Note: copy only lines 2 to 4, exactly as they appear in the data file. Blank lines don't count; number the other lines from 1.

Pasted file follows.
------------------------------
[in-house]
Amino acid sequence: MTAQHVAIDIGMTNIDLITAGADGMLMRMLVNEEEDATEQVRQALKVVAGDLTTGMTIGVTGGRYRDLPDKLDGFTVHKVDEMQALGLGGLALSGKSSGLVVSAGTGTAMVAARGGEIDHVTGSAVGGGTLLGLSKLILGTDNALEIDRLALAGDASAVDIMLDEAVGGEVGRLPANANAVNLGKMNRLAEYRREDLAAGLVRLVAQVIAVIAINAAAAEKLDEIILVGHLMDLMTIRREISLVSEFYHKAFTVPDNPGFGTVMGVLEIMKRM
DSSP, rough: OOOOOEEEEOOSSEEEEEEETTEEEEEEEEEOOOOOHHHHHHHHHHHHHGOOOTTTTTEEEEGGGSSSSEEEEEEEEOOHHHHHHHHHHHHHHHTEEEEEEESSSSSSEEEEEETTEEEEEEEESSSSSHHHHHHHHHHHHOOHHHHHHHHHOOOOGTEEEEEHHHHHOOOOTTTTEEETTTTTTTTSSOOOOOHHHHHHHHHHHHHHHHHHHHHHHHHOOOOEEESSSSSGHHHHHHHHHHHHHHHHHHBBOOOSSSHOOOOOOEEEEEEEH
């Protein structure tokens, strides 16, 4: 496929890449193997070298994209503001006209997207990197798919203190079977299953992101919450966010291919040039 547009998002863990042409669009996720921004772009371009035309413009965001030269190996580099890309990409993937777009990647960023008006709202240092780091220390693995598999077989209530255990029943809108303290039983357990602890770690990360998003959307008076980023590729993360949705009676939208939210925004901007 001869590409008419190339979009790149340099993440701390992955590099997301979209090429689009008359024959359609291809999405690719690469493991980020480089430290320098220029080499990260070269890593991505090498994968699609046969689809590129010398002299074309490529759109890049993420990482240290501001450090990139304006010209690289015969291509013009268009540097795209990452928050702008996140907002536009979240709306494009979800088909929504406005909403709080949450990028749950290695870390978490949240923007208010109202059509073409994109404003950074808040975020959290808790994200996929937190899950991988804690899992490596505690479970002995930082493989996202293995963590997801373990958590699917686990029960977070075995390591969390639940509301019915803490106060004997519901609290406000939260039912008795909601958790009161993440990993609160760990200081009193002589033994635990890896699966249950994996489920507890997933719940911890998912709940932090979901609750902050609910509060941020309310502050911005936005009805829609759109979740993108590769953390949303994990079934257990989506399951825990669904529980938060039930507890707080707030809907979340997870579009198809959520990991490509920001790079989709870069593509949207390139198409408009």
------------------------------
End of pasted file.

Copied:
Amino acid sequence: MTAQHVAIDIGMTNIDLITAGADGMLMRMLVNEEEDATEQVRQALKVVAGDLTTGMTIGVTGGRYRDLPDKLDGFTVHKVDEMQALGLGGLALSGKSSGLVVSAGTGTAMVAARGGEIDHVTGSAVGGGTLLGLSKLILGTDNALEIDRLALAGDASAVDIMLDEAVGGEVGRLPANANAVNLGKMNRLAEYRREDLAAGLVRLVAQVIAVIAINAAAAEKLDEIILVGHLMDLMTIRREISLVSEFYHKAFTVPDNPGFGTVMGVLEIMKRM
DSSP, rough: OOOOOEEEEOOSSEEEEEEETTEEEEEEEEEOOOOOHHHHHHHHHHHHHGOOOTTTTTEEEEGGGSSSSEEEEEEEEOOHHHHHHHHHHHHHHHTEEEEEEESSSSSSEEEEEETTEEEEEEEESSSSSHHHHHHHHHHHHOOHHHHHHHHHOOOOGTEEEEEHHHHHOOOOTTTTEEETTTTTTTTSSOOOOOHHHHHHHHHHHHHHHHHHHHHHHHHOOOOEEESSSSSGHHHHHHHHHHHHHHHHHHBBOOOSSSHOOOOOOEEEEEEEH
């Protein structure tokens, strides 16, 4: 496929890449193997070298994209503001006209997207990197798919203190079977299953992101919450966010291919040039 547009998002863990042409669009996720921004772009371009035309413009965001030269190996580099890309990409993937777009990647960023008006709202240092780091220390693995598999077989209530255990029943809108303290039983357990602890770690990360998003959307008076980023590729993360949705009676939208939210925004901007 001869590409008419190339979009790149340099993440701390992955590099997301979209090429689009008359024959359609291809999405690719690469493991980020480089430290320098220029080499990260070269890593991505090498994968699609046969689809590129010398002299074309490529759109890049993420990482240290501001450090990139304006010209690289015969291509013009268009540097795209990452928050702008996140907002536009979240709306494009979800088909929504406005909403709080949450990028749950290695870390978490949240923007208010109202059509073409994109404003950074808040975020959290808790994200996929937190899950991988804690899992490596505690479970002995930082493989996202293995963590997801373990958590699917686990029960977070075995390591969390639940509301019915803490106060004997519901609290406000939260039912008795909601958790009161993440990993609160760990200081009193002589033994635990890896699966249950994996489920507890997933719940911890998912709940932090979901609750902050609910509060941020309310502050911005936005009805829609759109979740993108590769953390949303994990079934257990989506399951825990669904529980938060039930507890707080707030809907979340997870579009198809959520990991490509920001790079989709870069593509949207390139198409408009």